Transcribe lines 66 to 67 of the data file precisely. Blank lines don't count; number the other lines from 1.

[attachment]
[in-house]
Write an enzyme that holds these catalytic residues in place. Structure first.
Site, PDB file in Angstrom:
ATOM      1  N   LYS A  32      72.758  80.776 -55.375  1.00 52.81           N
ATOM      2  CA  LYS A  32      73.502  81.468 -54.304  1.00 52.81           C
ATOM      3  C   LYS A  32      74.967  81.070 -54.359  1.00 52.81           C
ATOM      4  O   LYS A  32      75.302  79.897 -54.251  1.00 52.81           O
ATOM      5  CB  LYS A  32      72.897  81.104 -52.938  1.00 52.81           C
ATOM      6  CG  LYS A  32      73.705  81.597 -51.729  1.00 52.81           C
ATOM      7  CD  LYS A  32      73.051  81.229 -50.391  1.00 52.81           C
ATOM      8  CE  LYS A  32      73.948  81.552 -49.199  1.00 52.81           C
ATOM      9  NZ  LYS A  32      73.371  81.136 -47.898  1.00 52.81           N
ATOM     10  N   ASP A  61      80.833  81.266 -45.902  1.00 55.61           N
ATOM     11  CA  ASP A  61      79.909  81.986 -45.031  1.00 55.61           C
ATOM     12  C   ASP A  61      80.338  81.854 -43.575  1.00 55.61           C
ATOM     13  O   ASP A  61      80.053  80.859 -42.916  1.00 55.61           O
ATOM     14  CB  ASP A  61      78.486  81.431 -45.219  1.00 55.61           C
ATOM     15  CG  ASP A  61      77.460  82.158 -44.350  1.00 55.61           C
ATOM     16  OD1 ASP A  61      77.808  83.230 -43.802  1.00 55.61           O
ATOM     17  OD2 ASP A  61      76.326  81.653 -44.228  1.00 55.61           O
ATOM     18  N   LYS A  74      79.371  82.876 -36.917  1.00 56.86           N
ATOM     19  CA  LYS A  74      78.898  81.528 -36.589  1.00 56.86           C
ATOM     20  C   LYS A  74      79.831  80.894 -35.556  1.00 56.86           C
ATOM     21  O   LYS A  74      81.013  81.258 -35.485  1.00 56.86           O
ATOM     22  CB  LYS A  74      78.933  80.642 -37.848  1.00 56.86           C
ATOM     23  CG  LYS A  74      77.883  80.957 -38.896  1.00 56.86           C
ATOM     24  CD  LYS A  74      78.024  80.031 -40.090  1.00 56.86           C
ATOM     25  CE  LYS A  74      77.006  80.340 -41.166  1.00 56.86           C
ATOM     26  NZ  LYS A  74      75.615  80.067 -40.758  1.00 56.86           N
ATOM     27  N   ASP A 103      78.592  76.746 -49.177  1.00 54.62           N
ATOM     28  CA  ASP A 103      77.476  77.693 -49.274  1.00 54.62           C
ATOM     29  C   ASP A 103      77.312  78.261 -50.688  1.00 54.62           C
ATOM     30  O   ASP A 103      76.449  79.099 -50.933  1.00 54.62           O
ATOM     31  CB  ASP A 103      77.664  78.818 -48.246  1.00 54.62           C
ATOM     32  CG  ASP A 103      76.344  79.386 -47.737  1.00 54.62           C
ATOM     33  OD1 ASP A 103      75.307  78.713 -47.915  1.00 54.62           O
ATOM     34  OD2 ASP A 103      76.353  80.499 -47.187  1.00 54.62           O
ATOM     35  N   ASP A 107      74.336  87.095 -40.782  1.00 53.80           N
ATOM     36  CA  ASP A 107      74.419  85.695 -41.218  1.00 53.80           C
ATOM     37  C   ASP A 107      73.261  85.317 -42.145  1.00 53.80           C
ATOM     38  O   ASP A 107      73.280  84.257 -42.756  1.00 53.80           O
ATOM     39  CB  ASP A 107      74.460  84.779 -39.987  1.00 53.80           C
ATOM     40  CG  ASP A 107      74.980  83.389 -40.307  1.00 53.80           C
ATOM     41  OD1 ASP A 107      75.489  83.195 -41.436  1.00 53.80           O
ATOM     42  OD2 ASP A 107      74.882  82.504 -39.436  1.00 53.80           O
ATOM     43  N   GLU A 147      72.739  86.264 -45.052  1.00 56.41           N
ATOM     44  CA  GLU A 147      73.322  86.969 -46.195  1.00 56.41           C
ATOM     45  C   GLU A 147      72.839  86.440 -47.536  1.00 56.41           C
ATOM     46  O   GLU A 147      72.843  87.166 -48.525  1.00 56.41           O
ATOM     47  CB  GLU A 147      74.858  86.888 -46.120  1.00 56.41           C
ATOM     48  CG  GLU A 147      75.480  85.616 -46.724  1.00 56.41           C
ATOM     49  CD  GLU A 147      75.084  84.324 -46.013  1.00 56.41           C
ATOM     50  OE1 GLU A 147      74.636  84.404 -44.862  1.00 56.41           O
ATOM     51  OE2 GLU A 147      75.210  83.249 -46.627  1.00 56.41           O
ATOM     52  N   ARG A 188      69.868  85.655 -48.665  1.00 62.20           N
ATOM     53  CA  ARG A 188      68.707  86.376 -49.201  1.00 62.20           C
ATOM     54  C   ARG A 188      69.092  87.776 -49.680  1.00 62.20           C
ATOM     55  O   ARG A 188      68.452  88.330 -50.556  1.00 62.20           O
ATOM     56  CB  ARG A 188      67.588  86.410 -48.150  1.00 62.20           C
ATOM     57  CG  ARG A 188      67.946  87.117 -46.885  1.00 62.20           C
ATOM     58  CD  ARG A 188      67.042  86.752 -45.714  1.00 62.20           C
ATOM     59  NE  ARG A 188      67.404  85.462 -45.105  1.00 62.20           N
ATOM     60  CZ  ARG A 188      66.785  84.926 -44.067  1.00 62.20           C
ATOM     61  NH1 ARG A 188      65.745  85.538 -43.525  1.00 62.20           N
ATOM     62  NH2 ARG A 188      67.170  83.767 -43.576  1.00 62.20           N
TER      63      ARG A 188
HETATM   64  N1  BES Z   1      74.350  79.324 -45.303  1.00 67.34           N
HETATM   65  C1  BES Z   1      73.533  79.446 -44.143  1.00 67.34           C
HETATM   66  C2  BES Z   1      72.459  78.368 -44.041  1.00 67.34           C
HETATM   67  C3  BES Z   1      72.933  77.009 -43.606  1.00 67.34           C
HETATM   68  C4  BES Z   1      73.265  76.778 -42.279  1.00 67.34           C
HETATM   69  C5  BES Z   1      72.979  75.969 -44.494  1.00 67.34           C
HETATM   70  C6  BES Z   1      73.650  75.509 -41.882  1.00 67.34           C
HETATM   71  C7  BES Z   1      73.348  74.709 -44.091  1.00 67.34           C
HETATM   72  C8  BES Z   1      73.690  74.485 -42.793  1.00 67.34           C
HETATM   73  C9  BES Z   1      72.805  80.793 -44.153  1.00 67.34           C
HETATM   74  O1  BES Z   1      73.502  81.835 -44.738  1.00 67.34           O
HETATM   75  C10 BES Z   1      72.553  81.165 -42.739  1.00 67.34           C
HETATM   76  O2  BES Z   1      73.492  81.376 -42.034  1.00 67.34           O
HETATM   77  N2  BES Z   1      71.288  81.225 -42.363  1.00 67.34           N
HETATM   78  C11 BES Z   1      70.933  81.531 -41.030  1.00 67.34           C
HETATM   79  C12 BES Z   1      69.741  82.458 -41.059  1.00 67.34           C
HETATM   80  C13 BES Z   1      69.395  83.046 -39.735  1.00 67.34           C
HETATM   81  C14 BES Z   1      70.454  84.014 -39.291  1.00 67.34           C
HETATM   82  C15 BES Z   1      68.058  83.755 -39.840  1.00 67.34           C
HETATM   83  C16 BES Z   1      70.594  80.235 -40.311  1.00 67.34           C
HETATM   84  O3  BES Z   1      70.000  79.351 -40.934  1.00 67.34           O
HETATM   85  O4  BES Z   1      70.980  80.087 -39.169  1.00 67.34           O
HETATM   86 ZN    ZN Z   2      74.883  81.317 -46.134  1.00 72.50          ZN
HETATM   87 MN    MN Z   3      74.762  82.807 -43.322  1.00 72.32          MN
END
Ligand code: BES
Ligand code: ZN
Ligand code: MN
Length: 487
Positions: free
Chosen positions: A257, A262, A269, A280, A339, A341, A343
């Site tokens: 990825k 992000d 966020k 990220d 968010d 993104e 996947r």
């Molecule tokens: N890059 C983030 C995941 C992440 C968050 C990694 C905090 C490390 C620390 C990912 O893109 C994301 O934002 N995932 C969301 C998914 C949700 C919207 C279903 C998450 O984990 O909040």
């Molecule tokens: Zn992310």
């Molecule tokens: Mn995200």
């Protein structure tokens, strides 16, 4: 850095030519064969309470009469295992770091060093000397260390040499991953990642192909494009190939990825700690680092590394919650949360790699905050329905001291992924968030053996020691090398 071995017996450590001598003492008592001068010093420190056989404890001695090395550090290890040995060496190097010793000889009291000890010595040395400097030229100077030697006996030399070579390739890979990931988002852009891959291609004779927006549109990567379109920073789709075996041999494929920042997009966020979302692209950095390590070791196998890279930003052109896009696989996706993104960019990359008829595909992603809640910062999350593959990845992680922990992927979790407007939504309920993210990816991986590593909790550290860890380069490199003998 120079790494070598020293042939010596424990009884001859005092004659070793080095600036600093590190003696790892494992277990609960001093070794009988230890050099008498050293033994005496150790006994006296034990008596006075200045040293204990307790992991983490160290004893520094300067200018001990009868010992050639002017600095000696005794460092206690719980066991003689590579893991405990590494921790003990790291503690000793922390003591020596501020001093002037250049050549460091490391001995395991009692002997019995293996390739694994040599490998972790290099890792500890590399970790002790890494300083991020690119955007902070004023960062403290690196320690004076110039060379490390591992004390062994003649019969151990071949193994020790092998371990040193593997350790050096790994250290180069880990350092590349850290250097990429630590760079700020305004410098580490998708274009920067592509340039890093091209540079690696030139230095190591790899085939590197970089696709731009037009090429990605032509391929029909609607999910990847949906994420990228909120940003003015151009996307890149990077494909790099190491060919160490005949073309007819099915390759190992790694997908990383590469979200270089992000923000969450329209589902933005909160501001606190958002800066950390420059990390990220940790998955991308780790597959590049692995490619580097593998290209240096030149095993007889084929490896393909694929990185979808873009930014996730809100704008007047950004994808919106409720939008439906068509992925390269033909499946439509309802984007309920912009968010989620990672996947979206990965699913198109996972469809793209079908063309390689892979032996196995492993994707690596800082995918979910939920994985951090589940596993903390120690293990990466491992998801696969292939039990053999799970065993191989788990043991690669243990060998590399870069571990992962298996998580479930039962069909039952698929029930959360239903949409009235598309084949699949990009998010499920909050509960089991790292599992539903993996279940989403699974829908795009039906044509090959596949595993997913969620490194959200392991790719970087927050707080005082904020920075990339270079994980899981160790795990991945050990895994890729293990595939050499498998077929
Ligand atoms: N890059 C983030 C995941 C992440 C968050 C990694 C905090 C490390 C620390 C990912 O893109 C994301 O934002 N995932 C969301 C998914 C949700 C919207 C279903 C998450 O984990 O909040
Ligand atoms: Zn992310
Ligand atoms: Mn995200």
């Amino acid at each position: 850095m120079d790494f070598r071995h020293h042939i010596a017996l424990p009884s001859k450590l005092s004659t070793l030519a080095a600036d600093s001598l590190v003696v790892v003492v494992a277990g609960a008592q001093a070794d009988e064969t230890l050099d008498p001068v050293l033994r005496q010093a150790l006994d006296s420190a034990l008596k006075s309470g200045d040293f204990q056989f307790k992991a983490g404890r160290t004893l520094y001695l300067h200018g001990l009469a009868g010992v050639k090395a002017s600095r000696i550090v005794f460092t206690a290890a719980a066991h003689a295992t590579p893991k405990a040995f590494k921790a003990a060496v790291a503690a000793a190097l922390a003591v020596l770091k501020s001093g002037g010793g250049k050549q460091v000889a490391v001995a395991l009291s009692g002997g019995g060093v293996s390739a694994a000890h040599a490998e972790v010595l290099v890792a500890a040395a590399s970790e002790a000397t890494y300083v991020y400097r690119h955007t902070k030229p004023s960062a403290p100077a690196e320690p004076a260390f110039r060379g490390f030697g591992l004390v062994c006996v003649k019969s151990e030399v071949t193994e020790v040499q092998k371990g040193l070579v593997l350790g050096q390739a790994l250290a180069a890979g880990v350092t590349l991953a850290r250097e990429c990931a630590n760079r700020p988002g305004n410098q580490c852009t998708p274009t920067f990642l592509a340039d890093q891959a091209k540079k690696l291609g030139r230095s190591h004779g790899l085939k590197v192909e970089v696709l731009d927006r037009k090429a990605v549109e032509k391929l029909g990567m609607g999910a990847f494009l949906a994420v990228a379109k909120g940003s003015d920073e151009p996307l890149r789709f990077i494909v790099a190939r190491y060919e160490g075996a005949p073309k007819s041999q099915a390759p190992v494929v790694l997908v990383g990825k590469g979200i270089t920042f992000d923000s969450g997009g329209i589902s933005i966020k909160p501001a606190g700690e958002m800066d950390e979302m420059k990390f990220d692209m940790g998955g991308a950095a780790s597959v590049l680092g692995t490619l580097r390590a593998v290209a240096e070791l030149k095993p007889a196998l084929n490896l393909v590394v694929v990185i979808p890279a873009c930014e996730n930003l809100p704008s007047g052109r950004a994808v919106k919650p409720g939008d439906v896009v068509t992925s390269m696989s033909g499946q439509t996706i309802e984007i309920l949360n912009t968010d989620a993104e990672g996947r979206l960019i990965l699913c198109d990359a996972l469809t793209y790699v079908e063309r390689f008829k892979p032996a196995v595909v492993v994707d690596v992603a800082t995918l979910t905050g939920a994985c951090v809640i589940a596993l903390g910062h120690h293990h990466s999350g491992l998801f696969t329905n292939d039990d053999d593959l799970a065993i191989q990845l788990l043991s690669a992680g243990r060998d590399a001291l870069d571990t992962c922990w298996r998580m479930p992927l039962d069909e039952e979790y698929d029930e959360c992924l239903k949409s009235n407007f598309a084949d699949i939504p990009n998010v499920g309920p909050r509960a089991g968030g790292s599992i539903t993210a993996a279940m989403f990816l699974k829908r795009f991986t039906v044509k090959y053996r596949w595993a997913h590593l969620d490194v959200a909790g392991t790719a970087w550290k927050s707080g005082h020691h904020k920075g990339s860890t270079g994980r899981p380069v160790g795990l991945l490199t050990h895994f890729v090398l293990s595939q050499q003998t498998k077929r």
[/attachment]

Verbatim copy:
TER      63      ARG A 188
HETATM   64  N1  BES Z   1      74.350  79.324 -45.303  1.00 67.34           N